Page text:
Island of São Vicente
São Vicente – The Cultural Island
Life on the very dry island of São Vicente mainly happens in the city of Mindelo, where more than 80% of the approximately 80,000 island residents live.
In terms of its landscape, São Vicente is dominated by the mighty Monte Verde peak (750 metres). Together with the two other mountain ranges (the Madeiral and Fateixa), it defines the appearance of the island. From here, you have a good view of the surrounding countryside and the city of Mindelo. On clear days, you can even see Santo Antão and beyond to the uninhabited islands of Santa Lucia, Branca and Raso. However, unlike the promise of its name, the mountain is not green. It consists of reddish-brown scree. Before the Sahel catastrophe, green beans and corn were grown on its ridges, which probably led to the coining of the name “Green Mountain.” The history of São Vicente is very closely connected with the city harbour of Mindelo. For a long time, Porto Grande was the largest harbour in the Atlantic and therefore the respective economic engine for the entire country. Even today, it’s still very important with its tremendous water depth, even if it’s now less frequented by the international shipping traffic due to the harbours that were built afterwards in Dakar and Las Palmas.
Many beggars and street children now live in slum-like conditions in Mindelo, which can be called a melting pot of the cultures, due to the decline of the harbour economy. Nevertheless, Mindelo has preserved its status as the cultural centre of the Cape Verdean archipelago. Because of the many sailors from around the world who were looking for amusement when they came through town, the city became the birthplace of the many, even internationally famous, music styles of Cape Verde such as morna or coladeira. However, you should not expect to find dreamy bars in which traditional music is spontaneously played every step of the way. As a result of globalisation, pop music has long become a part of the scene. Television with the Brazilian Telenovelas has also done its part in encouraging the city’s young people to stay at home in the evening instead of spending their time playing music in the streets. But well-known artists such Baú still perform in the clubs (such as Café Musique) and (also small) restaurants.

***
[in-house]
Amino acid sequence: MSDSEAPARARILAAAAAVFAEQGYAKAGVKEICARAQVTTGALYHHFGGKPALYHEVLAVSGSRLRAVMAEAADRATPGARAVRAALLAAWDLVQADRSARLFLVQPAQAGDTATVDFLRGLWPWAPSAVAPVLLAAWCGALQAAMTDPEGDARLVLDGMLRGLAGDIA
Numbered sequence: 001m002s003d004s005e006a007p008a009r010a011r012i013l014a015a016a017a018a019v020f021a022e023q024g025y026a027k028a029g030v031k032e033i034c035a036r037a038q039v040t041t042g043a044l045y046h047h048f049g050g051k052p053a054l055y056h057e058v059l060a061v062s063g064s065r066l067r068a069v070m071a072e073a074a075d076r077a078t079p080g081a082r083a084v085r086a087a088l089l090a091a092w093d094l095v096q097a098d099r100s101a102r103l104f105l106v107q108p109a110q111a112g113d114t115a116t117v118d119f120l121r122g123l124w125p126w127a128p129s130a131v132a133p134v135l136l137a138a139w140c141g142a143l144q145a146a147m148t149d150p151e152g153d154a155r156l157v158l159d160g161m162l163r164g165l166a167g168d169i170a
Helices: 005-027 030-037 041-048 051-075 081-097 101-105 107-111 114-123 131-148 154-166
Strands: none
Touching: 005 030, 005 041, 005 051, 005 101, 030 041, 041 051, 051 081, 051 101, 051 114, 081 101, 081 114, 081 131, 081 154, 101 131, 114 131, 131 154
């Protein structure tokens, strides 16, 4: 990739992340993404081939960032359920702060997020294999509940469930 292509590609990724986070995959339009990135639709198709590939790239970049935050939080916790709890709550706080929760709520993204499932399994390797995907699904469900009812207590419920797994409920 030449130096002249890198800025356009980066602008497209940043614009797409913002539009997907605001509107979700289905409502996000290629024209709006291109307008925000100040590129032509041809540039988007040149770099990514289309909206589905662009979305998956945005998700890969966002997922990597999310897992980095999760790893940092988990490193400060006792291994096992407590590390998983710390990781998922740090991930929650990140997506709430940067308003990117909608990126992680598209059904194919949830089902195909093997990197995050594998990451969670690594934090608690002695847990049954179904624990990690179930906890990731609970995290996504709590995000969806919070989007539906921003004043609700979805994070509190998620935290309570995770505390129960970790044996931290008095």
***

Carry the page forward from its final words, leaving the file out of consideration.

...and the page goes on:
In addition to the harbour in Mindelo, you can also admire the Mercado de Peixe (fish market), the Torre de Belém (replica of the tower with the same name near Lisbon), the bronze busts of Diego Afonso, the shoreline street with its beautiful manors and, a bit further, the Esplanada or city park. In the Praça Nova quarter, an upscale neighbourhood with a plaza of the same name that has some pastel-coloured villas with stucco, the Quiosque Praça Nova with a lovely Art Noveau pavilion invites you to relax. People generally like to go for strolls here. In this quarter, which seems quite European, increasingly more shops and restaurants are opening their doors – Mindelo pulsates.
In the morning, you should visit one of the many classic cafes on the Rua Lisboa, which is now officially called Rua Libertadores d’Africa and, as many people say, is the soul of Mindelo. A market hall and the former governor’s palace in the classical style are located on this street. A visit to the old town, which is situated directly on the ocean and in front of the impressive panorama of the Cara Mountain, is obligatory! This district, which has a very African character with its flying traders, is home to the colonial Nossa Senhora da Luz church on the Praçinha da Igreja and the relatively well-stocked Casa Benefica department store. Further to the south, on the Praça Estrela with a pavilion and a few bars, African traders offer their goods (clothing, shoes and bric-a-brac, as well as fruit and vegetables). There is an Internet café on the Avenida Amílcar Cabral at the Centro Cultural do Mindelo, in which changing exhibitions are also displayed.
In the southwest of the island, windsurfers will find excellent wind conditions on the beach of the quiet little town of São Pedro. Surfers will also get their money’s worth at Sandy Beach. However, no corresponding infrastructure has been created yet. You can also go deep-sea fishing, diving and sailing here. There are even charter offers and skippers available.
The island airport, which has also been internationally certified since January 2010, is also located near São Pedro. However, it doesn’t cause any real noise pollution due to the limited number of take-offs and landings per day.
A beautiful, wind-protected bathing beach (the only one on the island that is safe for children) is situated in the northeast of the island, near the little town of Baía das Gatas. A music festival also takes place here every year in August.
Praia do Norte and de Praia Grande, both of which are very beautiful beaches, are located further to the south. But they are not suitable for swimming due to the heavy surf. Only an area of beach in the southeast of Praia do Norte, Praia da Ceilada/Calhau, offers better swimming conditions. In the town of Calhau, a well-groomed weekend village, you can also hear live music in the restaurants.